Ghrelin Is an Essential Factor for Motilin-Induced Gastric Contraction in Suncus murinus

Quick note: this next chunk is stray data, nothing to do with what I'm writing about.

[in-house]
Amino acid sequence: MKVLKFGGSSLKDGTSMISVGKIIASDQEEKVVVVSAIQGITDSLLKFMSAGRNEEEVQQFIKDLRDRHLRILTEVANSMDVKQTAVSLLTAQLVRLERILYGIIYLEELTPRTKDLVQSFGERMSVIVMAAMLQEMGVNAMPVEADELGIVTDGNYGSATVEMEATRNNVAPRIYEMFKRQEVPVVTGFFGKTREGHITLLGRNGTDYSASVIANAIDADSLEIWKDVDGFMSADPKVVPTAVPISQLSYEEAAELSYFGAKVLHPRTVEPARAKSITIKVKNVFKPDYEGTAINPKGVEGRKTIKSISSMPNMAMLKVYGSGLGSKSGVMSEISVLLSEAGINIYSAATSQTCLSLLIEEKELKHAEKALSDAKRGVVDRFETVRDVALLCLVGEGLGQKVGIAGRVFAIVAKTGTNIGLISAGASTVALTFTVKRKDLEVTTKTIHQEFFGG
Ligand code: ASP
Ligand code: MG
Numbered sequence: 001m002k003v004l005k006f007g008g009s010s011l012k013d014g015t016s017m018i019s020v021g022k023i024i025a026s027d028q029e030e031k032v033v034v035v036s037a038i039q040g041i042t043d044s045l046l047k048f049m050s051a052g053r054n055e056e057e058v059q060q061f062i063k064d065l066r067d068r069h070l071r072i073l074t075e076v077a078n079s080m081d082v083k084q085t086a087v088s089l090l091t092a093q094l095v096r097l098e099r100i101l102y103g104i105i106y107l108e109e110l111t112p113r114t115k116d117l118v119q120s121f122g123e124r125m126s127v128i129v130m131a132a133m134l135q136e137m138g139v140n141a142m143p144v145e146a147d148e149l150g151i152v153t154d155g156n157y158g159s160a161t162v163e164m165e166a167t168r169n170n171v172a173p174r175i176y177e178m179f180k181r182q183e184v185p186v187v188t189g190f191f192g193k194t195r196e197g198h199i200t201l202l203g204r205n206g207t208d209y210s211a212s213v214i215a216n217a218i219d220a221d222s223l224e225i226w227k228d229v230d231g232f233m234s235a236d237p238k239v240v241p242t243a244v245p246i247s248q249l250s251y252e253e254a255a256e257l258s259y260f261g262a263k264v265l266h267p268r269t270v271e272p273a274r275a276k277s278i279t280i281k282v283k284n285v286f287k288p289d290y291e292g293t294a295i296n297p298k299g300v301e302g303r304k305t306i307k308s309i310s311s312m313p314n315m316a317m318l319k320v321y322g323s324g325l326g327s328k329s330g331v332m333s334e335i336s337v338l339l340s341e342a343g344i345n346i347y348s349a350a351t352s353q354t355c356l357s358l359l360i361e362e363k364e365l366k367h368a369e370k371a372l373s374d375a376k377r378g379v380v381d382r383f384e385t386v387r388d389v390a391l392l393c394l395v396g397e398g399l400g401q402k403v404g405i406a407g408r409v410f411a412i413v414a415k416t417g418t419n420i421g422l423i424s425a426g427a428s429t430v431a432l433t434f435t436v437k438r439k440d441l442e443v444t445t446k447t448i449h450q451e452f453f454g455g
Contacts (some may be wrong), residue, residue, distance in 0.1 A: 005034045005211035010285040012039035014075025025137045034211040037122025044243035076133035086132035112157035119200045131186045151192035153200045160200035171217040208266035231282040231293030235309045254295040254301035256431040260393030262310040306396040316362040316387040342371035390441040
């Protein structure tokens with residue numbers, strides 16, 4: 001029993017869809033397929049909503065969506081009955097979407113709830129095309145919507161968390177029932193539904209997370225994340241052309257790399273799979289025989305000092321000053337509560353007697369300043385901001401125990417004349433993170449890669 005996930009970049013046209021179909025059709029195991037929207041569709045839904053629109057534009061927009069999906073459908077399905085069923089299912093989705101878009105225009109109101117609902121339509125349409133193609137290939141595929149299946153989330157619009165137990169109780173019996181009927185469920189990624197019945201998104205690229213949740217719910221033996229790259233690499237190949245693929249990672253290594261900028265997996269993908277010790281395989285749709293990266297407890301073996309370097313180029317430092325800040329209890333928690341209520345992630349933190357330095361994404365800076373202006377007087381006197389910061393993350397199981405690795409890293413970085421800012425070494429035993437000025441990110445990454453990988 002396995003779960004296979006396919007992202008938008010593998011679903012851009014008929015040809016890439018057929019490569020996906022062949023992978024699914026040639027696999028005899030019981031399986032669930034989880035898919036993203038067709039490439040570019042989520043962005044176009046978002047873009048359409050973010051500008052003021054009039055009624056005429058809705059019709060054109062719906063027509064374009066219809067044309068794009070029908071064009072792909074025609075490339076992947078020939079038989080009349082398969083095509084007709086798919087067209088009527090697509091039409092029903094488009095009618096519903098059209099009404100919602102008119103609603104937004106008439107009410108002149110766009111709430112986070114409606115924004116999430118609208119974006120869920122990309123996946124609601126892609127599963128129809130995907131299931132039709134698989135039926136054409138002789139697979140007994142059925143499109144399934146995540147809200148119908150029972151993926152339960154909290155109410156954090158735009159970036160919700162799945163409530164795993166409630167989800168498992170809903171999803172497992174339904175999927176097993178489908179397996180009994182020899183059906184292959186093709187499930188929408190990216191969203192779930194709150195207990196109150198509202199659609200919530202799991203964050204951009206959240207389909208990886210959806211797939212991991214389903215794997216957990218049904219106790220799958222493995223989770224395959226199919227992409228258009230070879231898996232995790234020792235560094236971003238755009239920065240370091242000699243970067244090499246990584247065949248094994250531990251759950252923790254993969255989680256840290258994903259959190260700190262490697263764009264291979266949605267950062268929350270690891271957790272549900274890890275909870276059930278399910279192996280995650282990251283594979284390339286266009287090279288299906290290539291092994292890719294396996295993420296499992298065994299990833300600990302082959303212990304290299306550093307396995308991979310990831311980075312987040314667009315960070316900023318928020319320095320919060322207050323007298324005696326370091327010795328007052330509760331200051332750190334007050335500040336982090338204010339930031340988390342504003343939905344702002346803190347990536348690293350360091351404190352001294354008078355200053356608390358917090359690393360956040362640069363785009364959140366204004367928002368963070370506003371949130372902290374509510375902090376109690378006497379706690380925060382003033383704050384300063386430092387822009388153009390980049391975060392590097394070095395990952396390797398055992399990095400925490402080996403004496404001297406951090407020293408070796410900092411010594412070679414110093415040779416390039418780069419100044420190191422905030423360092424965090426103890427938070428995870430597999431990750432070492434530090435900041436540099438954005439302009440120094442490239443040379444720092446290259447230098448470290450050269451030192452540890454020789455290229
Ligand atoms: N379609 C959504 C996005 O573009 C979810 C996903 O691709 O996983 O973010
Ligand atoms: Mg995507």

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Motilin was discovered in the 1970s as the most important hormone for stimulating strong gastric contractions; however, the mechanisms by which motilin causes gastric contraction are not clearly understood. Here, we determined the coordinated action of motilin and ghrelin on gastric motility during fasted and postprandial contractions by using house musk shrew (Suncus murinus; order: Insectivora, suncus named as the laboratory strain). Motilin-induced gastric contractions at phases I and II of the migrating motor complex were inhibited by pretreatment with (D-Lys3)-GHRP-6 (6 mg/kg/h), a ghrelin receptor antagonist. Administration of the motilin receptor antagonist MA-2029 (0.1 mg/kg) and/or (D-Lys3)-GHRP-6 (0.6 mg/kg) at the peak of phase III abolished the spontaneous gastric phase III contractions in vivo. Motilin did not stimulate gastric contractions in the postprandial state. However, in the presence of a low dose of ghrelin, motilin evoked phase III–like gastric contractions even in the postprandial state, and postprandial gastric emptying was accelerated. In addition, pretreatment with (D-Lys3)-GHRP-6 blocked the motilin-induced gastric contraction in vitro and in vivo, and a γ-aminobutyric acid (GABA) antagonist reversed this block in gastric contraction. These results indicate that blockade of the GABAergic pathway by ghrelin is essential for motilin-induced gastric contraction.

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